Astronomers taking another look at long-discovered triple-star system have made an astonishing discovery -- not one, but three planets that could host life, according to the European Southern Observatory.
Dubbed "super-Earths," the trio orbits Gliese 667C, the faintest of three stars in the Gliese 667 system.
Fresh observations, combined with data already collected using the High Accuracy Radial velocity Planet Searcher, or HARPS, could add up to a major breakthrough in the hunt for extraterrestrial life.
“We knew that the star had three planets from previous studies, so we wanted to see whether there were any more,” one of the team leaders, Mikko Tuomi, said in a news release. “By adding some new observations and revisiting existing data we were able to confirm these three and confidently reveal several more. Finding three low-mass planets in the star’s habitable zone is very exciting!”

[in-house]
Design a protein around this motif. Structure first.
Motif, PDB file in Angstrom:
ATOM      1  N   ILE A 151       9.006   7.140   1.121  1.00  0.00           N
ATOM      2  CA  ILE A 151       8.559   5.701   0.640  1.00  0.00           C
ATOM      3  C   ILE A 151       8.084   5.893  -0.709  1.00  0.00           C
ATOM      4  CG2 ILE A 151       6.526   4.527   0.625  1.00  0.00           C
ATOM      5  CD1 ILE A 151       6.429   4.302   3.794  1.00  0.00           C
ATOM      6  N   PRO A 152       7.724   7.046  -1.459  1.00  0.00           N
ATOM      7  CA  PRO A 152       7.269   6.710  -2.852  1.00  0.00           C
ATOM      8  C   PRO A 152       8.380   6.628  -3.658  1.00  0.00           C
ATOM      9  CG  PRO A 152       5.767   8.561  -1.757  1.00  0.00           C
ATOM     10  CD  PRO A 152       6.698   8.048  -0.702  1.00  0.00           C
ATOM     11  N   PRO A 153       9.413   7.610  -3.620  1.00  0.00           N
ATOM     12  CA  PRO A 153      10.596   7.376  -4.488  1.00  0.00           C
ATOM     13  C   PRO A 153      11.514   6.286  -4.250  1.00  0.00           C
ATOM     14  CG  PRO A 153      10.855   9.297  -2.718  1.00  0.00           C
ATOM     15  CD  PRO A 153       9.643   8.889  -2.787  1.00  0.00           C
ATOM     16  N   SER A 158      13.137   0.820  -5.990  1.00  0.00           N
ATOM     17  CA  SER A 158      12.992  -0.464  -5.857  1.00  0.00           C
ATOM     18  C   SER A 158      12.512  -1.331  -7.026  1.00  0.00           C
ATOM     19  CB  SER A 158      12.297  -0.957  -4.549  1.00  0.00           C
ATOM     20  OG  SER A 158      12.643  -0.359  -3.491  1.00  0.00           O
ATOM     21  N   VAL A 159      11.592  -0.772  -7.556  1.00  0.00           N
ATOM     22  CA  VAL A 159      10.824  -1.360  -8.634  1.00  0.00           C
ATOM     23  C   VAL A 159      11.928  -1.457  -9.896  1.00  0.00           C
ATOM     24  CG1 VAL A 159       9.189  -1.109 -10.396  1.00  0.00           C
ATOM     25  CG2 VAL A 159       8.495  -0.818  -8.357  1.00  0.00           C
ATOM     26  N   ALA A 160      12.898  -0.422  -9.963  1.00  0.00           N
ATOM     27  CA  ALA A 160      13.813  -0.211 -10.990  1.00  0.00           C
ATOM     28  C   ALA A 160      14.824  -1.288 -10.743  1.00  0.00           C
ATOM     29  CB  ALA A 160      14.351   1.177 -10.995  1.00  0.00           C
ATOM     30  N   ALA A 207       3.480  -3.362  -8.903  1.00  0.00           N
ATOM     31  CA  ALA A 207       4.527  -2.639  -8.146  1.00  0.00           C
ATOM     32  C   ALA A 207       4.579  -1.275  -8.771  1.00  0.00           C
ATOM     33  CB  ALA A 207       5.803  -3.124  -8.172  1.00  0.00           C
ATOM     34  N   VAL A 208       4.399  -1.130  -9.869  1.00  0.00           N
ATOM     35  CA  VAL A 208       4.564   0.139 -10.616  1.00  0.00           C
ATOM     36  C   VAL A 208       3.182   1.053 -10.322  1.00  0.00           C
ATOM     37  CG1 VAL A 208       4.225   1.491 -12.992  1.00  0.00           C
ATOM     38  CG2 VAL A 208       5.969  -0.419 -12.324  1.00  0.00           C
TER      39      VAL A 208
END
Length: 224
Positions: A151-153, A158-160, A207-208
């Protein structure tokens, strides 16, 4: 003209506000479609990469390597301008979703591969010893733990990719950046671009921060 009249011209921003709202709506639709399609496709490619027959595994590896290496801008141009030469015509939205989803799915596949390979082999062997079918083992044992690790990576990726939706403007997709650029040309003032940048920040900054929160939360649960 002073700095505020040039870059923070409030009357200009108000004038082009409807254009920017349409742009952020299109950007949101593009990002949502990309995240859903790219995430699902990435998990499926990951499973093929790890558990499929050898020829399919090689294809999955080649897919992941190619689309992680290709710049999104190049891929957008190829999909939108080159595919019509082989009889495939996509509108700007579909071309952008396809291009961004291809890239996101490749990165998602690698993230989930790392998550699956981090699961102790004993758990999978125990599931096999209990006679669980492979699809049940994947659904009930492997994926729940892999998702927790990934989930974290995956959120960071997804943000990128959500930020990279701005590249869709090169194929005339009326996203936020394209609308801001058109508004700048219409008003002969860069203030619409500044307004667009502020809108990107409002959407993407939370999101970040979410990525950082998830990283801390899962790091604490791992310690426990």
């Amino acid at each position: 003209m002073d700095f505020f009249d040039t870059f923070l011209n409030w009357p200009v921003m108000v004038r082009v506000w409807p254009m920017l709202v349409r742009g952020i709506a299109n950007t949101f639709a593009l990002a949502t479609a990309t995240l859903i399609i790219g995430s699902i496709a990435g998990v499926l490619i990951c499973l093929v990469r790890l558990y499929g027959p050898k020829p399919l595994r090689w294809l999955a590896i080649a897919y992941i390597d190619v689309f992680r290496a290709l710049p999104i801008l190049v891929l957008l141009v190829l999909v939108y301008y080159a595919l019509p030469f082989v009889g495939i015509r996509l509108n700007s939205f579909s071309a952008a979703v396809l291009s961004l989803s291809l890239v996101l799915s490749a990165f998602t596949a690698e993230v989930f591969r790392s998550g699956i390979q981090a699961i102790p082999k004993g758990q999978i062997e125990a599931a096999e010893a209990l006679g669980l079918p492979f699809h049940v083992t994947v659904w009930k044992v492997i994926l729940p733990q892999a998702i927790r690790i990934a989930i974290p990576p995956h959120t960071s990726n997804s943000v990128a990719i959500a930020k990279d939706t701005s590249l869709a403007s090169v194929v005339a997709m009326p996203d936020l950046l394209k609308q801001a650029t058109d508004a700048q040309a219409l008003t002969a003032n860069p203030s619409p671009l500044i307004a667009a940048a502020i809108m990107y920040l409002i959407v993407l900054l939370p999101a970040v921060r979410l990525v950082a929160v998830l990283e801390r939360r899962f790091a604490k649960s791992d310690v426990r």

Scientists, who published their findings in Astronomy & Astrophysics, say as many as seven planets could be orbiting the star, with three of them in the zone where liquid water could exist.
No stranger to astronomer's eyes, Gliese 667C is located about 22 light years from Earth -- making it a relatively close neighbour.
According to Sci-News, the star's habitable zone is roughly the size of Mercury's orbit -- and the first low-mass star (it packs about a third as much heft as the Sun) found hosting several super-Earths.
"The number of potentially habitable planets in our galaxy is much greater if we can expect to find several of them around each low-mass star-instead of looking at ten stars to look for a single potentially habitable planet, we now know we can look at just one star and find several of them," astronomer Rory Barnes said in the news release.
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